In part 1 of this post, I wrote about how — similar to the medicine men of old who used to prescribe poisons like Mercury as cures — central banks around the world are trapped in a hamster wheel of their own making. Low interest keep causing economic disruption that is addressed with even lower rates. But unfortunately for them, there’s a natural barrier to how far they can push things, and it is known as “the zero-bound problem.”
The idea behind Negative Interest Rate Policy (NIRP) is to force people to spend or invest the money they would otherwise save by effectively imposing a tax on savings accounts at banks. But unfortunately for economists, the average citizen didn’t go to Harvard, so he or she doesn’t realize that buying things they don’t need or investing in things they don’t like is good for them. Ignorant as they are, the average person likes to save to build a buffer against future setbacks. In a NIRPy environment, the best way to do that is to hoard cash. So long as doing so is an option, taking interest rates significantly below zero is not effective, putting a zero bound on just how much poison the medicine man can force upon his patient.
As we also discussed in part 1, economic models, like the ones that have fallen flat since the economic crisis, are never wrong. It’s always the humans who don’t do what the Excel spreadsheet predicted they would who are at fault. If the natural reaction to NIRP (an idea that is relatively new) is to hoard cash (an idea that is thousands of years old) then the smart move is to eliminate cash altogether. How? By having a central bank issue digital legal tender, colloquially referred to as Central Bank Digital Currency, or CBDC.
CBDCs are the hottest new idea in policy circles, in part because they give policymakers total control over the currency. There are different implementations, and a few include the use of blockchain tech. The original Bitcoin white paper, after all, was titled “Peer to Peer Electronic Cash,” and the technology is an eloquent solution for creating digital bearer assets that can be used as money.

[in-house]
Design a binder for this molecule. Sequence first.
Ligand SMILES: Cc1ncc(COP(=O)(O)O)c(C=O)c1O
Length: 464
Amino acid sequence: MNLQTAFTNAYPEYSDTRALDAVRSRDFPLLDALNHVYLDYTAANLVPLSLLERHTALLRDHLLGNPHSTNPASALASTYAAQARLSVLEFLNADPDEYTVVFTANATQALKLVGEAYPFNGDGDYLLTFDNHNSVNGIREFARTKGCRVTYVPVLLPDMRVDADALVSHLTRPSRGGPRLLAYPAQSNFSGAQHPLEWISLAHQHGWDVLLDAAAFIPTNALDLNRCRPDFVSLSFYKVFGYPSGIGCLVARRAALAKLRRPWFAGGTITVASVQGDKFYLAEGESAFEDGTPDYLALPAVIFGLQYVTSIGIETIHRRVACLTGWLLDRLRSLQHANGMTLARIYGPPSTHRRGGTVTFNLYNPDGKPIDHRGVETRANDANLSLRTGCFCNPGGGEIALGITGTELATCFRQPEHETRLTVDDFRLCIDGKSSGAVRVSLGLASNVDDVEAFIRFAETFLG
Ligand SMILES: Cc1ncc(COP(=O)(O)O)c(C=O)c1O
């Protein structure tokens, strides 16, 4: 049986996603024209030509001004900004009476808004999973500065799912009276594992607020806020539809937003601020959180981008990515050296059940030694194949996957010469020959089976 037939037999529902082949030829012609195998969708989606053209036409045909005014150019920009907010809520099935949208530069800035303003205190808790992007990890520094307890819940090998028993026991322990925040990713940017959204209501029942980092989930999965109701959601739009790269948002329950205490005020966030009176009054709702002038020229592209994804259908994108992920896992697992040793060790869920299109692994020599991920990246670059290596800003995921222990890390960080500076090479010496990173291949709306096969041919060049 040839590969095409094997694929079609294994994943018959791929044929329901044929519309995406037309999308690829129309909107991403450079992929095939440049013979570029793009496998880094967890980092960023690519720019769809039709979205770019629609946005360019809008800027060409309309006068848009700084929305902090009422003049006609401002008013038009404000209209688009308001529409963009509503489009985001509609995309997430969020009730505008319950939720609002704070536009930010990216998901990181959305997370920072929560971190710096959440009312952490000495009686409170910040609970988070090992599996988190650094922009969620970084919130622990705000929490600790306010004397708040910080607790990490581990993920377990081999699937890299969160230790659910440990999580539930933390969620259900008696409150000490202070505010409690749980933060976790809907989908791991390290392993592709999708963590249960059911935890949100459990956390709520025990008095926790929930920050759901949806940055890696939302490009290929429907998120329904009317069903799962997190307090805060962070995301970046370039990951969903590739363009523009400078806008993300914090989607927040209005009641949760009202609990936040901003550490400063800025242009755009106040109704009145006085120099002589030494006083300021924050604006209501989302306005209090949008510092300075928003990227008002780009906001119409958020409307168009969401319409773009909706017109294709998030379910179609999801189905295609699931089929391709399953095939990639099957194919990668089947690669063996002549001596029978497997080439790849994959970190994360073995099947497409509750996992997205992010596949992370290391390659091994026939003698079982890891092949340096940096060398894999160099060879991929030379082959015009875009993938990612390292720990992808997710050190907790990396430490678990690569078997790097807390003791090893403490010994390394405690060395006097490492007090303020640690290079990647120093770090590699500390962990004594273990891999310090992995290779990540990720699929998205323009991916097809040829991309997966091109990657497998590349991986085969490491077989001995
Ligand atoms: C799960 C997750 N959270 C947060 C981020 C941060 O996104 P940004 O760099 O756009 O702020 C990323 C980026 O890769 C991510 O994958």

For consumers, the appeal of a CDBC is the elimination of the expensive or fragmented electronic payment solutions of today. Just imagine if your smartphone held your digital dollars, and you could instantly send them to anyone, anywhere, possibly for free. A CDBC could also better incorporate the poor and unbanked into the digital economy.
For Central Banks, having every single payment occur on a ledger they control is the ultimate source of power. The imposition of negative interest rates would now be absolute as users’ digital dollars would literally have nowhere to hide. Even inflation targeting would theoretically become trivial. Want to create instant 2% inflation? Just program every blockchain addresses balance to increase by 2%.
There are many different challenges to building out such infrastructure, starting with the fact that no blockchain today can even remotely handle the volume such a system would require. Even if the technical issues were solved, there would still be systemic challenges, like what happens to the commercial banking industry, a big part of the value proposition for which is payments and cash management.
We are still years, if not decades, from such a solution being viable, but that’s not what matters to policymakers. What matters is that there is a solution to the zero-bound problem on the horizon. Twenty years ago, the idea of deeply negative interest rates would have had to be dismissed due to consumers’ ability to hoard cash. But now, “there’s a blockchain for that.”
The potential for the development of a CBDC is yet another reason why NIRP is bound to get NIRPier. People are already talking about this with the ascent of Christine Lagarde — current head of the IMF and big fan of the digitization of cash — to replace Mario Draghi as head of the European Central Bank. Dozens of other central banks are already researching how they would deploy digital cash into the economy. Many pay lip service to the practical benefits of such a system, but it’s safe to assume an underlying motivation is the elimination of the zero-bound barrier.
So once again we are back to the conclusion of my original post that NIRP will keep getting NIRPier, and that gold and crypto will be the biggest beneficiaries. Gold is ancient, easy to understand and familiar, but also difficult to acquire, store and transact. Crypto is new and confusing, but easy to store and transfer.
Ironically, the fact that one potential design of a CDBC is to use blockchain tech will further enhance the bullish thesis behind crypto. If Central Bankers — the people whose very existence is anathema to the notion of decentralized money — bless the technology that empowers the likes of Bitcoin and Ether, how bad could those assets really be?